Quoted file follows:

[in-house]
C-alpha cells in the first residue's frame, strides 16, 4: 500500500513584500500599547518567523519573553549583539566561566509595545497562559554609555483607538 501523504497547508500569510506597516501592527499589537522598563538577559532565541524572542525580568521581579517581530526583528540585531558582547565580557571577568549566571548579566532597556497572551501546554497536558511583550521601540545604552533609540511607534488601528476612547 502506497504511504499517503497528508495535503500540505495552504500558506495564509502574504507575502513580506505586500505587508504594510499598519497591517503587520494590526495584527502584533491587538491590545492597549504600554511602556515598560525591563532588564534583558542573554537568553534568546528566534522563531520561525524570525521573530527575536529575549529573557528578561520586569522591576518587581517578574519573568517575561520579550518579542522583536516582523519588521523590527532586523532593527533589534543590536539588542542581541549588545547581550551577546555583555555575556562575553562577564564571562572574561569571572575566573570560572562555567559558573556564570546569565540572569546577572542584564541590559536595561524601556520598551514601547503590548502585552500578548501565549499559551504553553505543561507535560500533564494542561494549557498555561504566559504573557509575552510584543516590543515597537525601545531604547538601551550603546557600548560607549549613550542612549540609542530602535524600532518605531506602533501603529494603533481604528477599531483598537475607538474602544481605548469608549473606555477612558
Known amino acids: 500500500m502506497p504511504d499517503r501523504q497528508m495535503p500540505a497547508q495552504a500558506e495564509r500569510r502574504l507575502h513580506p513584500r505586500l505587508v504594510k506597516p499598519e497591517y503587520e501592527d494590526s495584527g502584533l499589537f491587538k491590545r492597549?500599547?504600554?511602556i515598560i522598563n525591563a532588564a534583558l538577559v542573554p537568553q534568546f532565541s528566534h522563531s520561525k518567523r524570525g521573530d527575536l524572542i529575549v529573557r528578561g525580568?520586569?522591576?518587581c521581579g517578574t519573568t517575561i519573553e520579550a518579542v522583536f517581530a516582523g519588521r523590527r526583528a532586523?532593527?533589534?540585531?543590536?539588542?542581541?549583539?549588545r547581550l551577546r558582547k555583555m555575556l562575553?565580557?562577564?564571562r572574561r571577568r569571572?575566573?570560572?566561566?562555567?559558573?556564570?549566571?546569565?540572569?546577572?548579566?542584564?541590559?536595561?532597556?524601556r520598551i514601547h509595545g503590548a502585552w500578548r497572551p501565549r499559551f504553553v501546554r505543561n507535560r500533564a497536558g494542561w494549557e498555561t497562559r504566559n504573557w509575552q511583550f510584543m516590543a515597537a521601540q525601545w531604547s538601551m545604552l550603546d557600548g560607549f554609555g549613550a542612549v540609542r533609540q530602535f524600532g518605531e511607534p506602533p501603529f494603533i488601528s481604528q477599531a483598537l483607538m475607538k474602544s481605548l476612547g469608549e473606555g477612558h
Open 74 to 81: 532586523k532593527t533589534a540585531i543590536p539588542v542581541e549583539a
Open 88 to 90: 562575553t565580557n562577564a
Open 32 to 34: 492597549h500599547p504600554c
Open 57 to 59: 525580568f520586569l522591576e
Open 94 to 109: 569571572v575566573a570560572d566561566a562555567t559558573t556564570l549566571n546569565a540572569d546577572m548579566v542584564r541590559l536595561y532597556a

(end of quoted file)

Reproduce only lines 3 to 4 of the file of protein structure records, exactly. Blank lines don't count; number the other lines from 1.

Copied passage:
Known amino acids: 500500500m502506497p504511504d499517503r501523504q497528508m495535503p500540505a497547508q495552504a500558506e495564509r500569510r502574504l507575502h513580506p513584500r505586500l505587508v504594510k506597516p499598519e497591517y503587520e501592527d494590526s495584527g502584533l499589537f491587538k491590545r492597549?500599547?504600554?511602556i515598560i522598563n525591563a532588564a534583558l538577559v542573554p537568553q534568546f532565541s528566534h522563531s520561525k518567523r524570525g521573530d527575536l524572542i529575549v529573557r528578561g525580568?520586569?522591576?518587581c521581579g517578574t519573568t517575561i519573553e520579550a518579542v522583536f517581530a516582523g519588521r523590527r526583528a532586523?532593527?533589534?540585531?543590536?539588542?542581541?549583539?549588545r547581550l551577546r558582547k555583555m555575556l562575553?565580557?562577564?564571562r572574561r571577568r569571572?575566573?570560572?566561566?562555567?559558573?556564570?549566571?546569565?540572569?546577572?548579566?542584564?541590559?536595561?532597556?524601556r520598551i514601547h509595545g503590548a502585552w500578548r497572551p501565549r499559551f504553553v501546554r505543561n507535560r500533564a497536558g494542561w494549557e498555561t497562559r504566559n504573557w509575552q511583550f510584543m516590543a515597537a521601540q525601545w531604547s538601551m545604552l550603546d557600548g560607549f554609555g549613550a542612549v540609542r533609540q530602535f524600532g518605531e511607534p506602533p501603529f494603533i488601528s481604528q477599531a483598537l483607538m475607538k474602544s481605548l476612547g469608549e473606555g477612558h
Open 74 to 81: 532586523k532593527t533589534a540585531i543590536p539588542v542581541e549583539a